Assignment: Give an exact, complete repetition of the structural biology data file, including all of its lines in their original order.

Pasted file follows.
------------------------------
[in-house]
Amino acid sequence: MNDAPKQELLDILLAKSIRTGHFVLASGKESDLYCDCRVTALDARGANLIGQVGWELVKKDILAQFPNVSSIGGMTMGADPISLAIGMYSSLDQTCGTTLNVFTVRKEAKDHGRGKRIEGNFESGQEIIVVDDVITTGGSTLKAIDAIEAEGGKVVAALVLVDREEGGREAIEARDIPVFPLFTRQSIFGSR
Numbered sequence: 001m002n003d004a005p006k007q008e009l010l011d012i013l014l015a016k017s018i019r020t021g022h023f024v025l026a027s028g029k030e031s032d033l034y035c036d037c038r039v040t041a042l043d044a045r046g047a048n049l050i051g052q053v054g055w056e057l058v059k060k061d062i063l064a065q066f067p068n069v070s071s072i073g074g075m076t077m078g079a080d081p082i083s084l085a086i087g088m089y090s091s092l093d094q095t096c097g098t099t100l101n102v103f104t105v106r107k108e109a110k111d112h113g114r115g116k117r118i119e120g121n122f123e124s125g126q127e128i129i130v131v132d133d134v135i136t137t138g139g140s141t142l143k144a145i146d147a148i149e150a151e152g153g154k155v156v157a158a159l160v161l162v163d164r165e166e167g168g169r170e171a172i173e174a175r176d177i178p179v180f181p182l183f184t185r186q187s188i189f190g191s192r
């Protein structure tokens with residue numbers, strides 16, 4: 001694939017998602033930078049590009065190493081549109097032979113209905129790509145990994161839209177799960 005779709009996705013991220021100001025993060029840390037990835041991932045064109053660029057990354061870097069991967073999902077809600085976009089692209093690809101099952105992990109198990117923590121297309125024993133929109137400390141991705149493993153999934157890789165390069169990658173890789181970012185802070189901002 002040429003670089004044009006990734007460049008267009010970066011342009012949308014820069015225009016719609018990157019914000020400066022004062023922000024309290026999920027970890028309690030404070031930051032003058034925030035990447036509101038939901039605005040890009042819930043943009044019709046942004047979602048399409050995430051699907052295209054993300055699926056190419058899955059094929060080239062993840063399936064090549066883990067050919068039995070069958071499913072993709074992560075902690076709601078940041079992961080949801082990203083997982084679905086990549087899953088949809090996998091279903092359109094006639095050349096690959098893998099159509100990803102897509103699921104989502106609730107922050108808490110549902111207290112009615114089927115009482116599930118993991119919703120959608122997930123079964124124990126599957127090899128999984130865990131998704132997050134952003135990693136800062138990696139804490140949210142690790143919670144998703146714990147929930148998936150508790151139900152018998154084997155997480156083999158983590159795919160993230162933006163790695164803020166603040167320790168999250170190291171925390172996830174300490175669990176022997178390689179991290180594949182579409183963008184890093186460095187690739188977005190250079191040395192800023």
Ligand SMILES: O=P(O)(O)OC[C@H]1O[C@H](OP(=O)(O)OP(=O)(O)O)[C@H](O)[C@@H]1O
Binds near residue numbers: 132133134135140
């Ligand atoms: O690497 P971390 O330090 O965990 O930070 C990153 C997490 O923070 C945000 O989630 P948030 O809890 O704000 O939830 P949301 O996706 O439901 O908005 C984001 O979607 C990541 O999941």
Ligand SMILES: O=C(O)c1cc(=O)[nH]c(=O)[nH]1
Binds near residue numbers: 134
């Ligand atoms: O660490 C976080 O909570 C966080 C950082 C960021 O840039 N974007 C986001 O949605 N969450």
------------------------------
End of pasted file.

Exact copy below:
[in-house]
Amino acid sequence: MNDAPKQELLDILLAKSIRTGHFVLASGKESDLYCDCRVTALDARGANLIGQVGWELVKKDILAQFPNVSSIGGMTMGADPISLAIGMYSSLDQTCGTTLNVFTVRKEAKDHGRGKRIEGNFESGQEIIVVDDVITTGGSTLKAIDAIEAEGGKVVAALVLVDREEGGREAIEARDIPVFPLFTRQSIFGSR
Numbered sequence: 001m002n003d004a005p006k007q008e009l010l011d012i013l014l015a016k017s018i019r020t021g022h023f024v025l026a027s028g029k030e031s032d033l034y035c036d037c038r039v040t041a042l043d044a045r046g047a048n049l050i051g052q053v054g055w056e057l058v059k060k061d062i063l064a065q066f067p068n069v070s071s072i073g074g075m076t077m078g079a080d081p082i083s084l085a086i087g088m089y090s091s092l093d094q095t096c097g098t099t100l101n102v103f104t105v106r107k108e109a110k111d112h113g114r115g116k117r118i119e120g121n122f123e124s125g126q127e128i129i130v131v132d133d134v135i136t137t138g139g140s141t142l143k144a145i146d147a148i149e150a151e152g153g154k155v156v157a158a159l160v161l162v163d164r165e166e167g168g169r170e171a172i173e174a175r176d177i178p179v180f181p182l183f184t185r186q187s188i189f190g191s192r
């Protein structure tokens with residue numbers, strides 16, 4: 001694939017998602033930078049590009065190493081549109097032979113209905129790509145990994161839209177799960 005779709009996705013991220021100001025993060029840390037990835041991932045064109053660029057990354061870097069991967073999902077809600085976009089692209093690809101099952105992990109198990117923590121297309125024993133929109137400390141991705149493993153999934157890789165390069169990658173890789181970012185802070189901002 002040429003670089004044009006990734007460049008267009010970066011342009012949308014820069015225009016719609018990157019914000020400066022004062023922000024309290026999920027970890028309690030404070031930051032003058034925030035990447036509101038939901039605005040890009042819930043943009044019709046942004047979602048399409050995430051699907052295209054993300055699926056190419058899955059094929060080239062993840063399936064090549066883990067050919068039995070069958071499913072993709074992560075902690076709601078940041079992961080949801082990203083997982084679905086990549087899953088949809090996998091279903092359109094006639095050349096690959098893998099159509100990803102897509103699921104989502106609730107922050108808490110549902111207290112009615114089927115009482116599930118993991119919703120959608122997930123079964124124990126599957127090899128999984130865990131998704132997050134952003135990693136800062138990696139804490140949210142690790143919670144998703146714990147929930148998936150508790151139900152018998154084997155997480156083999158983590159795919160993230162933006163790695164803020166603040167320790168999250170190291171925390172996830174300490175669990176022997178390689179991290180594949182579409183963008184890093186460095187690739188977005190250079191040395192800023």
Ligand SMILES: O=P(O)(O)OC[C@H]1O[C@H](OP(=O)(O)OP(=O)(O)O)[C@H](O)[C@@H]1O
Binds near residue numbers: 132133134135140
């Ligand atoms: O690497 P971390 O330090 O965990 O930070 C990153 C997490 O923070 C945000 O989630 P948030 O809890 O704000 O939830 P949301 O996706 O439901 O908005 C984001 O979607 C990541 O999941």
Ligand SMILES: O=C(O)c1cc(=O)[nH]c(=O)[nH]1
Binds near residue numbers: 134
């Ligand atoms: O660490 C976080 O909570 C966080 C950082 C960021 O840039 N974007 C986001 O949605 N969450």